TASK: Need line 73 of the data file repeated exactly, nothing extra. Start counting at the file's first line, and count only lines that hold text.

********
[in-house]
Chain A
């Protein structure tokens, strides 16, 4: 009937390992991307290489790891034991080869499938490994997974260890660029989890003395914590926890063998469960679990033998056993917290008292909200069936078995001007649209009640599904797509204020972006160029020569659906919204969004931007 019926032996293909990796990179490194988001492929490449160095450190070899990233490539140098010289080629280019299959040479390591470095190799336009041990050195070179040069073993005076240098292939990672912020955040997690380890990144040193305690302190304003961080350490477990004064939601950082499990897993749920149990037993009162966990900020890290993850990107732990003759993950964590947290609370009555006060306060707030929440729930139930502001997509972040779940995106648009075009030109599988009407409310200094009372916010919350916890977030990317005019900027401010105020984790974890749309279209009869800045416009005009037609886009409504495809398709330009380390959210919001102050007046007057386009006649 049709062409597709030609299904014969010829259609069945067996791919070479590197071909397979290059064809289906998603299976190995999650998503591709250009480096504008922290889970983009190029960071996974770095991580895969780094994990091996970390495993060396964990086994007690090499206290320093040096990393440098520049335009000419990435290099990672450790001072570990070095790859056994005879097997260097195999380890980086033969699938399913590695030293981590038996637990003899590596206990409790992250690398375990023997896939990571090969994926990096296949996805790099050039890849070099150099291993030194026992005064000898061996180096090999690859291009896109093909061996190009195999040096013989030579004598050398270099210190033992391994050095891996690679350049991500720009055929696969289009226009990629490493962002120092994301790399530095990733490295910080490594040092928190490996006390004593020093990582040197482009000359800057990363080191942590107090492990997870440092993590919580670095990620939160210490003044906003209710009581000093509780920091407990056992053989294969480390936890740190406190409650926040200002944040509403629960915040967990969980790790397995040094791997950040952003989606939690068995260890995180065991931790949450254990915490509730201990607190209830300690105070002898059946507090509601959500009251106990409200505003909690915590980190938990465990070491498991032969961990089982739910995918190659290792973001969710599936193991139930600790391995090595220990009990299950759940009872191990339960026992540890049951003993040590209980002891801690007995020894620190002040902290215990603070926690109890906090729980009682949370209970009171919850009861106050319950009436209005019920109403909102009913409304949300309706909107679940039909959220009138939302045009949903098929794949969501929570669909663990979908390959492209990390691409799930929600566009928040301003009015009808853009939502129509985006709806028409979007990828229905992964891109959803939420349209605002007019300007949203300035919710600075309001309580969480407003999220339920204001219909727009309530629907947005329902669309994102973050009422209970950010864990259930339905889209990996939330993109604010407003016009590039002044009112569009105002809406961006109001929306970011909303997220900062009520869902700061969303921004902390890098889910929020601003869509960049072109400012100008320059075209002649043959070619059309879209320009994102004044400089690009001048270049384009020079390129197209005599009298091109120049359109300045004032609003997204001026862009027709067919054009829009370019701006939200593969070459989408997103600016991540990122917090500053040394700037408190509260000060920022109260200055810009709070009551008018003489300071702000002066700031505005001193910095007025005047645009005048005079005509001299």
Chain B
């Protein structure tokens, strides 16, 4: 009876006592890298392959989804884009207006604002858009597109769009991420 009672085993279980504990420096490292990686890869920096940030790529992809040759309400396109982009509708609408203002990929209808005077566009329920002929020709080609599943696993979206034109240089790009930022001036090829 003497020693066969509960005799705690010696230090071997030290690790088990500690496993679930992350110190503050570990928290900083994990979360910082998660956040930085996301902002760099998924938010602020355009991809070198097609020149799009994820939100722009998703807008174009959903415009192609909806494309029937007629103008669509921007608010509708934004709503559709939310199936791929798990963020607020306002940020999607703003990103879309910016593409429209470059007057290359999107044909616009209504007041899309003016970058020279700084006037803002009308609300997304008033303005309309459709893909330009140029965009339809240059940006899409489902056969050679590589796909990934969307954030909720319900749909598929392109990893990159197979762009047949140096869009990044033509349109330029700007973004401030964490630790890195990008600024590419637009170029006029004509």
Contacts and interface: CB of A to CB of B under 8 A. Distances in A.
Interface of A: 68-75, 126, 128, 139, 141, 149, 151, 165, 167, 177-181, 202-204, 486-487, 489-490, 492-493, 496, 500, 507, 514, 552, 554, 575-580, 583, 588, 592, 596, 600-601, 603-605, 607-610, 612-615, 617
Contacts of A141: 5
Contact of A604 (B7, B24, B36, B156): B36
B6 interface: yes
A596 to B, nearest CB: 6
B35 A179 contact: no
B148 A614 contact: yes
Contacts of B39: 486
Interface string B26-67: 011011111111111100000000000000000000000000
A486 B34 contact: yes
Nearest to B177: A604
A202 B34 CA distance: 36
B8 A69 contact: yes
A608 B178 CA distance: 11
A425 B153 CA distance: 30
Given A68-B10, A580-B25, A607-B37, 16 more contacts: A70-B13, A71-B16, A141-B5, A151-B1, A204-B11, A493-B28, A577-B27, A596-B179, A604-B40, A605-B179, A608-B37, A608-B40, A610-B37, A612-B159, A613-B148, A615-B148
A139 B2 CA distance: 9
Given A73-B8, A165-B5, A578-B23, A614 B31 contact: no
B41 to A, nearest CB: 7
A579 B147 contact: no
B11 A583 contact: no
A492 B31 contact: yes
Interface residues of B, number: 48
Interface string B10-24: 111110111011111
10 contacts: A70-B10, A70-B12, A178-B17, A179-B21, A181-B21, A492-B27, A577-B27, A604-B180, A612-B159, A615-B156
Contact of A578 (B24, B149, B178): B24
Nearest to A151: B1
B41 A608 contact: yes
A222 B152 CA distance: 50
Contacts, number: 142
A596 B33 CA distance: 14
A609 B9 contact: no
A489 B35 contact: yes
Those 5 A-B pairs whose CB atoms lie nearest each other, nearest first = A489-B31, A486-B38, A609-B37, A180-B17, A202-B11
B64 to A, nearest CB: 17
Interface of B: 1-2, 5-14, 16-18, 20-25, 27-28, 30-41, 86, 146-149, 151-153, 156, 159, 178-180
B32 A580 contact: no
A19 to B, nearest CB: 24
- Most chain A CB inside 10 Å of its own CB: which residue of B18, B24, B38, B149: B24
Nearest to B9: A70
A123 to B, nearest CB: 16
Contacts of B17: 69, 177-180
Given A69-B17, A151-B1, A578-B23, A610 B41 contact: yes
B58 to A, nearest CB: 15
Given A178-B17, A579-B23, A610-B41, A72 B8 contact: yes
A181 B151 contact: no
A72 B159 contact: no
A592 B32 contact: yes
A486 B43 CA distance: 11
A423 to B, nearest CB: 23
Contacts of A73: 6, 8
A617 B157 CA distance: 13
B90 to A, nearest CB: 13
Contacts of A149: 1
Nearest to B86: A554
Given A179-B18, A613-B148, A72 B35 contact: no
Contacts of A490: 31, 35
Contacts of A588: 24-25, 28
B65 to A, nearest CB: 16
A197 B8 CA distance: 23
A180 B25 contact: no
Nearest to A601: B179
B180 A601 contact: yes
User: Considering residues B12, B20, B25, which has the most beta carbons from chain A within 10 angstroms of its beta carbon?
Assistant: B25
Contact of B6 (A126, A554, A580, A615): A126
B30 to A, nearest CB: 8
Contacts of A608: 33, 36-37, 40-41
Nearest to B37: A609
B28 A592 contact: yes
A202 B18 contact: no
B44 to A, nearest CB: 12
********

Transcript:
B30 to A, nearest CB: 8